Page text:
The expert on expertise and inventor of the 10,000-hour rule offers his insights and techniques on how to master any skill.
We live in a world full of people with extraordinary abilities. Consider what Roger Federer can do with a tennis ball, or Connor McDavid with a puck. There are chess grandmasters who can play several dozen different games simultaneously--while blindfolded--and a seemingly unending supply of young musical prodigies who would have astonished aficionados a century ago. We are dramatically better at just about everything than we were just a generation ago.We assume, though, that these peak performers are the lucky ones, the ones with a gift. That's only partly true. The fact is we are all lucky. We all have that gift. As Ericsson's whole career has shown, with the proper practice, we are allcapable of extraordinary feats.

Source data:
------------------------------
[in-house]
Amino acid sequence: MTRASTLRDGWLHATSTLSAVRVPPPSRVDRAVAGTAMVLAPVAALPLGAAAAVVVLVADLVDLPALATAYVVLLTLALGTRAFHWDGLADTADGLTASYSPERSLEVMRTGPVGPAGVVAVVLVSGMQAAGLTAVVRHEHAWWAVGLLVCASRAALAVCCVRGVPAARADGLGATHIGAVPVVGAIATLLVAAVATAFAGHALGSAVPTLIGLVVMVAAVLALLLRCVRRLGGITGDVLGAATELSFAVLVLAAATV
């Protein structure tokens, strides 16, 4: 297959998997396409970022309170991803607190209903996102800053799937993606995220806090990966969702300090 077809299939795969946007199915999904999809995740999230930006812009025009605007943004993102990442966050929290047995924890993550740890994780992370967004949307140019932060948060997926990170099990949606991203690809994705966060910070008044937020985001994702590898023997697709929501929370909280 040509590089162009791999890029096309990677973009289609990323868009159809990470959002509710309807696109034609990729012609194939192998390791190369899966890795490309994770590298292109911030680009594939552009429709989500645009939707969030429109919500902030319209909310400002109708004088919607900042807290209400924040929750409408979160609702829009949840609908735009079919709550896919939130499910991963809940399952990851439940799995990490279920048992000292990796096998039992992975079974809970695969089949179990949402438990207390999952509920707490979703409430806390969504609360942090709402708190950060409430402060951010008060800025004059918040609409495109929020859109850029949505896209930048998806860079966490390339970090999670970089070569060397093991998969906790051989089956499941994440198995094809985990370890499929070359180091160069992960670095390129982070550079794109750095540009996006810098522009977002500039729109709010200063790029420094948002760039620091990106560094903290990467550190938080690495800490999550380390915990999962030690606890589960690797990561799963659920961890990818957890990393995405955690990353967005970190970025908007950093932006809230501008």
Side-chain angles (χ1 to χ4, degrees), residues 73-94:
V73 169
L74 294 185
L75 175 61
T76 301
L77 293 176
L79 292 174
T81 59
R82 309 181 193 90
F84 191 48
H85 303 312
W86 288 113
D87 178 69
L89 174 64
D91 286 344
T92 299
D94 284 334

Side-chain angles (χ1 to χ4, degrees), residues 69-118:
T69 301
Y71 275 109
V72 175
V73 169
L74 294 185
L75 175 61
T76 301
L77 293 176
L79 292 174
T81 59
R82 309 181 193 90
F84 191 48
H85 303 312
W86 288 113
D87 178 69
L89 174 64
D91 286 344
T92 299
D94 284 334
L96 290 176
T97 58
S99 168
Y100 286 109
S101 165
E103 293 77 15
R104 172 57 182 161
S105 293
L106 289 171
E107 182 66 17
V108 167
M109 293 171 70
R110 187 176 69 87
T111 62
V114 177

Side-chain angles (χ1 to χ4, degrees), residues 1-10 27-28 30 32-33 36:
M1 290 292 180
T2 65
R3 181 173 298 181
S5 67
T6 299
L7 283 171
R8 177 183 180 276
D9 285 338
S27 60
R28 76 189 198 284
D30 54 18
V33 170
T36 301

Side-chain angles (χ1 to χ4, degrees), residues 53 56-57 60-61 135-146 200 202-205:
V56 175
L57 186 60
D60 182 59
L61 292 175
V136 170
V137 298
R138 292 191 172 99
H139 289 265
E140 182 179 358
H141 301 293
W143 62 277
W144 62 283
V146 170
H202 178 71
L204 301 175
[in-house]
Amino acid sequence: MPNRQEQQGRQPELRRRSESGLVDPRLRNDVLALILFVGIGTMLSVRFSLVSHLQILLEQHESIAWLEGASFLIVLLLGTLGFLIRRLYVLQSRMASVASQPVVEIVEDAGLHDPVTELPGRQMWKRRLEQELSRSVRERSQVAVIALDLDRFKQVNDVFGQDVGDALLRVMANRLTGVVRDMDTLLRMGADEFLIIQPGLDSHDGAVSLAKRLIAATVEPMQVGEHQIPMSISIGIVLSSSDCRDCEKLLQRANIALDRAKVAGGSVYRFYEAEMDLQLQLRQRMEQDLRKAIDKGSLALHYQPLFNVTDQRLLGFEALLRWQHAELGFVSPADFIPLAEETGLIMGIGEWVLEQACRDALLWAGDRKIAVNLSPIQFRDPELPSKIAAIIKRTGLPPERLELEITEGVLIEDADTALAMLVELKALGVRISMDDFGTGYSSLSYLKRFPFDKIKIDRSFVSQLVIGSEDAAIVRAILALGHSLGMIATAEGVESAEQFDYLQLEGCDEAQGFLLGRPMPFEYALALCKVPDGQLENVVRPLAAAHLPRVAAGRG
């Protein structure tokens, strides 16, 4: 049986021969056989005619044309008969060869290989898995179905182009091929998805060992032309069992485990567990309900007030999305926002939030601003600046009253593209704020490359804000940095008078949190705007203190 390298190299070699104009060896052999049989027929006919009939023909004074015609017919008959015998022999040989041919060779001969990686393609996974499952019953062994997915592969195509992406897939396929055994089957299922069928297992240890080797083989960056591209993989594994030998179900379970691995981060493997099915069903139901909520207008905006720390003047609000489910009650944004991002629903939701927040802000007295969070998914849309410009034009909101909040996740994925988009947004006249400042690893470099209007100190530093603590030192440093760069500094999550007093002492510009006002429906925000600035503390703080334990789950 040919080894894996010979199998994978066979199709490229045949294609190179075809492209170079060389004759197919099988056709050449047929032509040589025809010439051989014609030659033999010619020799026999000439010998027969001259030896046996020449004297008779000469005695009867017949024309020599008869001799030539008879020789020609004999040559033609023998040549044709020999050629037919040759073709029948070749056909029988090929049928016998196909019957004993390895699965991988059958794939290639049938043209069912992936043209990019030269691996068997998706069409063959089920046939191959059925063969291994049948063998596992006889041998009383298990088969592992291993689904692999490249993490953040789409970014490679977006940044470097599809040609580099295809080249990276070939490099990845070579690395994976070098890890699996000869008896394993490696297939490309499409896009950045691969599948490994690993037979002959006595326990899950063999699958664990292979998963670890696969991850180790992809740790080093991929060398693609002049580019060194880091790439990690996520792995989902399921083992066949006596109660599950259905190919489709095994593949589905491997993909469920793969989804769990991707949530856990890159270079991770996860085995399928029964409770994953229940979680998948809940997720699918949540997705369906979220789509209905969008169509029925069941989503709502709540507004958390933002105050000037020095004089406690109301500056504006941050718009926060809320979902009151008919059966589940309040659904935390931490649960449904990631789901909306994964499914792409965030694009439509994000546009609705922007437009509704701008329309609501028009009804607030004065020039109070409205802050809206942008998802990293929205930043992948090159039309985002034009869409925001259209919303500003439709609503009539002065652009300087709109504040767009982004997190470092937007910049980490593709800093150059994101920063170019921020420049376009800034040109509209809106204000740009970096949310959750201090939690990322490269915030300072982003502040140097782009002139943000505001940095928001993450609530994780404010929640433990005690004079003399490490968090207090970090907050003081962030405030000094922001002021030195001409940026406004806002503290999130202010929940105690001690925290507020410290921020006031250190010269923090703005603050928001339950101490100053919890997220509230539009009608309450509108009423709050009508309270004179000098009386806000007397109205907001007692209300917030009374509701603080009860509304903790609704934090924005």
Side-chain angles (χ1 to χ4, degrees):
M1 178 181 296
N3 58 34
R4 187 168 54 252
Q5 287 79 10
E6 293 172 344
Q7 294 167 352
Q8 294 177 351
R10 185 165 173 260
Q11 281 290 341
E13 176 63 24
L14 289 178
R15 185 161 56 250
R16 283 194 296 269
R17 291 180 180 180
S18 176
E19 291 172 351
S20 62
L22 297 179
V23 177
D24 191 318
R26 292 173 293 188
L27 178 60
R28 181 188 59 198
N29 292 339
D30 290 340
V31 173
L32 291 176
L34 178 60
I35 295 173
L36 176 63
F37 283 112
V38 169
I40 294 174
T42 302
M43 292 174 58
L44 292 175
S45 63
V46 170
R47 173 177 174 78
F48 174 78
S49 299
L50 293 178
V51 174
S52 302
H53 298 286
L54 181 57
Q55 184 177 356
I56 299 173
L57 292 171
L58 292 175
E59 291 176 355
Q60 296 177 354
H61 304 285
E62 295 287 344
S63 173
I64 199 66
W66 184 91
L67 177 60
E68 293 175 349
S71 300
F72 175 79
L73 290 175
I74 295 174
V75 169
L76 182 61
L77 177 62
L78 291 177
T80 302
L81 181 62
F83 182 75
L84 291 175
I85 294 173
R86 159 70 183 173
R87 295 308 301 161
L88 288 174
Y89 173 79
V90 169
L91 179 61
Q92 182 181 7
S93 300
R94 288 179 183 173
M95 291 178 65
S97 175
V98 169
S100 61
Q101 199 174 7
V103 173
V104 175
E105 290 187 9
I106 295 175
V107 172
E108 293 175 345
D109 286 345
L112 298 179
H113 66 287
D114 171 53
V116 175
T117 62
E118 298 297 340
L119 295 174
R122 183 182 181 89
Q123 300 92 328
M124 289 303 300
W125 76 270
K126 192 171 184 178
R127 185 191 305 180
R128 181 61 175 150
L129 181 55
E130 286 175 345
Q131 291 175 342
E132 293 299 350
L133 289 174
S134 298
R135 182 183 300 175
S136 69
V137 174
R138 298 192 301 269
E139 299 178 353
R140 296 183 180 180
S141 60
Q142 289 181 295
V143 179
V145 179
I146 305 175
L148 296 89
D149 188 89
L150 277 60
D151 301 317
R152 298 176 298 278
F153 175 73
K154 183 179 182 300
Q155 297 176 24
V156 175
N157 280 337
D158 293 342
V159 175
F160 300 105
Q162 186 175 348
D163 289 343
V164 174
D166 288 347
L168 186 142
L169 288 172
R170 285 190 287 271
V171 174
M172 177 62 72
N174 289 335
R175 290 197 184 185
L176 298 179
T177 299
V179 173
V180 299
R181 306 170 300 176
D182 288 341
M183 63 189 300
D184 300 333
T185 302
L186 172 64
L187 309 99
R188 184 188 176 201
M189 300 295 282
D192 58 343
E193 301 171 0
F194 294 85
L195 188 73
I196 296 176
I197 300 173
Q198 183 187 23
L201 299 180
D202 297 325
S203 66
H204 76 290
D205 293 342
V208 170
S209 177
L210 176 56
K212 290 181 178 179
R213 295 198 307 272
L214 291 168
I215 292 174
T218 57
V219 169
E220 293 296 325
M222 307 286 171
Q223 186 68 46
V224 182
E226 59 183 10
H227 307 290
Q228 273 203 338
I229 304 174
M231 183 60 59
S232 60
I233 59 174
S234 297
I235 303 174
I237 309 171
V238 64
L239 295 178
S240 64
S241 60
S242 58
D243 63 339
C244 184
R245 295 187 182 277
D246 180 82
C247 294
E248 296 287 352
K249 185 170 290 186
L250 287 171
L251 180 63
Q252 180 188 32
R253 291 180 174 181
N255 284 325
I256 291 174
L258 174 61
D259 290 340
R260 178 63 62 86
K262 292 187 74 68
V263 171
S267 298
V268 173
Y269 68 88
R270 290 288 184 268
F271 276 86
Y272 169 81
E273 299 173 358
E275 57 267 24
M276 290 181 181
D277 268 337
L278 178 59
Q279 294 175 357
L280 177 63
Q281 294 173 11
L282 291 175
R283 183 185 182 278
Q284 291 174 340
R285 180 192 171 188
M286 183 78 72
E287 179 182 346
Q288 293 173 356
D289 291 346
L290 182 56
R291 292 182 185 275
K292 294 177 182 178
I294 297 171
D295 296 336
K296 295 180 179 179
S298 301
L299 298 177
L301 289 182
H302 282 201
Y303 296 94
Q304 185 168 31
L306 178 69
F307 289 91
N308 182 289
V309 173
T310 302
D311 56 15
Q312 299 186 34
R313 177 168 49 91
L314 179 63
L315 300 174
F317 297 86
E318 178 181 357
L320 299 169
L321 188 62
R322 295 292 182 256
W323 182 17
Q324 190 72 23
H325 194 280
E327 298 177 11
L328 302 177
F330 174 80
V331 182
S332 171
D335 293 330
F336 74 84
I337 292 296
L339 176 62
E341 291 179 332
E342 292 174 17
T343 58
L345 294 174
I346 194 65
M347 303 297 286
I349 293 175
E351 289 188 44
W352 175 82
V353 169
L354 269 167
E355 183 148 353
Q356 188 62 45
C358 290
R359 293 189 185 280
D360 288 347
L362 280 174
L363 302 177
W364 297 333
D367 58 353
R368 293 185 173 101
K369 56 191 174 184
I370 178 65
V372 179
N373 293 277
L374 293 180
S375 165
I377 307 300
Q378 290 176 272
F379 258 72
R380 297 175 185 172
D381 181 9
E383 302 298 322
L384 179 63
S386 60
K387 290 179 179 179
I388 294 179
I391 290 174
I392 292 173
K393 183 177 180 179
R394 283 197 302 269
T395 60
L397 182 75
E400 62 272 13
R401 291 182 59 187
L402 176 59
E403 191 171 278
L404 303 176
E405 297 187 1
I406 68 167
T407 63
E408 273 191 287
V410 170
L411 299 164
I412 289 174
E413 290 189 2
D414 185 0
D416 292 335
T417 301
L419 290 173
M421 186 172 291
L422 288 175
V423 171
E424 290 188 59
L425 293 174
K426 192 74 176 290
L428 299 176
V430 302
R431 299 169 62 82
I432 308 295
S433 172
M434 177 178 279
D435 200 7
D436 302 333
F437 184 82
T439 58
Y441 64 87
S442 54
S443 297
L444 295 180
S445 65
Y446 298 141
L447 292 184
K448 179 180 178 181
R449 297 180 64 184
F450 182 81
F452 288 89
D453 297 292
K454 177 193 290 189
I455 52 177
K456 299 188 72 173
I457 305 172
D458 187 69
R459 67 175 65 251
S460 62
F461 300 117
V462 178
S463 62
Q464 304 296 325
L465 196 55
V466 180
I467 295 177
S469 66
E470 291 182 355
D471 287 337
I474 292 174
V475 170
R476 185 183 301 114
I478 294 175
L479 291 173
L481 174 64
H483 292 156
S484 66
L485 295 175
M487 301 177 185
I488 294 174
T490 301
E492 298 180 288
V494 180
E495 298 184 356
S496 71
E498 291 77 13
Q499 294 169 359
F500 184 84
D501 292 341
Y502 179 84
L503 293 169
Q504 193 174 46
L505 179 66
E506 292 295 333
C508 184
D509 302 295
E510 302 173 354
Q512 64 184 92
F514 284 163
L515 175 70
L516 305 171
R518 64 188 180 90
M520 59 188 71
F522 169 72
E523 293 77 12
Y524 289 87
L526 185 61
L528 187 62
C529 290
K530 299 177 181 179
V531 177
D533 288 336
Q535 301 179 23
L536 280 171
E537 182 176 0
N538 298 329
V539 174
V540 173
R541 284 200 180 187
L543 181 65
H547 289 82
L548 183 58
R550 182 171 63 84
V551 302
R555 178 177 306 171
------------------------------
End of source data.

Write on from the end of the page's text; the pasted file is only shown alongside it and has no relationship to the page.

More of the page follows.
The techniques that chess players use to develop their skills seem quite different from the methods pianists use to improve their playing. But at a deeper level, they are all variations on a single fundamental approach to learning, what Ericsson has named "deliberate practice": a simple, yet powerful system for enhancing learning. This approach to expertise has the potential to revolutionize how we think about every sort of education and training. We can define the limits of our talents. Whether you want to step up your game at work or help your kid achieve athletic or academic goals, Ericsson's revolutionary methods will show you how to master almost anything.